More Isolated Incidents

From the pacified Far East:

    Soldier accused of stabbing S. Korean civilian

    By Joseph Giordono, Stars and Stripes

    YONGSAN GARRISON, South Korea — At least three U.S. soldiers are under U.S. “control” and five others are being investigated in connection with a series of incidents this weekend in South Korea.

    In the most serious case, a 17th Aviation Brigade soldier stationed at Camp Humphreys has been accused of stabbing a South Korean civilian. The soldier will be questioned by South Korean police later this week, officials said.

    An 8th Army spokesman confirmed Monday the accused is being held by U.S. military authorities but declined to release the soldier’s name, saying official charges had not yet been filed in the case. South Korean police say they are investigating four other U.S. soldiers and a KATUSA (Korean Augmentees to the U.S. Army) in connection with the alleged stabbing, which they said occurred early Saturday morning on a Seoul street.

    The victim remains in a local hospital with serious but nonlife-threatening injuries, South Korean officials said. Officials from 8th Army released a statement offering an apology and promising full cooperation in the investigation.

    In a separate incident, South Korean police said they arrested two U.S. soldiers in Uijongbu about midnight Saturday after an altercation with a taxi driver. The soldiers were handed over to U.S. military police, 8th Army officials said, and likely will be questioned by South Korean police later this week.

    In a third incident, Uijongbu police said a 2nd Infantry Division soldier was arrested about 3:30 a.m. Sunday and accused of stealing two purses containing about $1,000 from a karaoke parlor. Police officials said they handed over the soldier to U.S. authorities and likely would call him back for questioning later this week. U.S. officials said they had not yet received a report on the incident.

    “As always, we continue to educate our soldiers on proper behavior and respect when interacting with our ROK hosts and neighbors,” read the 8th Army statement released after the alleged stabbing incident, “to ensure our servicemembers are respectful and sincere guests of our hosts.”

I just don’t understand why Iraqis don’t want us in their backyard. Now here’s a fraternity prank: Continue reading “More Isolated Incidents”

Sistani Speaks

Looks like someone shot his house in Najaf up. So, I guess I can claim to be right.

Al-Sistani, whose office in Najaf came under fire in overnight fighting, urged Iraqis not to travel to the city to join in protests. It was not clear where the gunfire came from and no one was injured.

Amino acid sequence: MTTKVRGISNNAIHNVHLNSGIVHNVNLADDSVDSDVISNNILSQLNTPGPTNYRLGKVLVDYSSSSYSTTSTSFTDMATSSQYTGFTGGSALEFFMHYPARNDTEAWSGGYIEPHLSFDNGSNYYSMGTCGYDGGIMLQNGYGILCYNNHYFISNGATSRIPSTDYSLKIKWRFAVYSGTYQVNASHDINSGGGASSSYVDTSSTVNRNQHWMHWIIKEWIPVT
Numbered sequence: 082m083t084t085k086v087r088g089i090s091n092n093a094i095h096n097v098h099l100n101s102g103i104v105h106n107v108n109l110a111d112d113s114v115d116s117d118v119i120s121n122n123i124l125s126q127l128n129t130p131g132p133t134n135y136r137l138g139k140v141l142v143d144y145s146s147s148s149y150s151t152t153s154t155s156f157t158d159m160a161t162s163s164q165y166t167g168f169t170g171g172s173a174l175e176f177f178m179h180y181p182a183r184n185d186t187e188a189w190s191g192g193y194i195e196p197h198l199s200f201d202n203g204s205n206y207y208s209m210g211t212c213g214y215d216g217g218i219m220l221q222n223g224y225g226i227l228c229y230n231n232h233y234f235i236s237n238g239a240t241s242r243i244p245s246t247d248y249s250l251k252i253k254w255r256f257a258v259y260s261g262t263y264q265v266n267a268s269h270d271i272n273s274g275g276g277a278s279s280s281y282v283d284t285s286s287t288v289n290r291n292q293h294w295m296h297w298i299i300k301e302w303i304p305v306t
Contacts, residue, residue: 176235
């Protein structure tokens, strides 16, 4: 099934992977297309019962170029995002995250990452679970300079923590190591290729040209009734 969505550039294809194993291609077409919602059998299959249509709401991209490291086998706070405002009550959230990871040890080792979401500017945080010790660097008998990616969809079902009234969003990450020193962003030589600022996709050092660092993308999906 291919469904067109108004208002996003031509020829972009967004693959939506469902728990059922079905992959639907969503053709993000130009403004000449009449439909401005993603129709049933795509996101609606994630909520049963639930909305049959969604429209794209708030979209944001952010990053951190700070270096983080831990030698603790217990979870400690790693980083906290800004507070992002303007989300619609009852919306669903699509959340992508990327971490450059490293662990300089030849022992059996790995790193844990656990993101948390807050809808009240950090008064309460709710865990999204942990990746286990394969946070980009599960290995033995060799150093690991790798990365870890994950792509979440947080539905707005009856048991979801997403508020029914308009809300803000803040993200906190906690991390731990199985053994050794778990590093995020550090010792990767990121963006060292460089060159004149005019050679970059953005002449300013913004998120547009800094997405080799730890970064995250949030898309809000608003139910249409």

Al-Sadr had called for peaceful demonstrations against incursions and damage to mosques and shrines in recent fighting, allegedly by American troops. The U.S. military says militiamen have used some Muslim holy places as firing positions and weapons-storage sites.

“The office of Seyed al-Sistani directs all citizens not to go to the holy city of Najaf at the moment,” the statement said, using the title for a descendant of the Prophet Muhammad.

It said peaceful demonstrations could be held at mosques in city centers to “protest the violation over these holy cities and the houses of the grand ayatollahs. Participants could demand the removal of all armed groups from these two cities and let the police and tribesmen play [a] role in maintaining peace and order.”

The AP article says Iraq’s most influential Shiite cleric today demanded that all armed groups withdraw from the embattled holy cities of Najaf and Karbala, where nine militiamen loyal to a rebel cleric were killed in heavy fighting with U.S. forces,” but doesn’t give a translation of his full statement.

Chalabi & Co. Off Pentagon Payroll

Well, well, well. Finally Chalabi’s umbilical cord to the Pentagon is cut. Richard Oppel writes in the New York Times:

The United States government has decided to halt monthly $335,000 payments to the Iraqi National Congress, the group headed by Ahmad Chalabi, an official with the group said on Monday.

Mr. Chalabi, a longtime exile leader and now a member of the Iraqi Governing Council, played a crucial role in persuading the administration that Saddam Hussein had to be removed from power. But he has since become a lightning rod for critics of the Bush administration, who say the United States relied on him too heavily for prewar intelligence that has since proved faulty.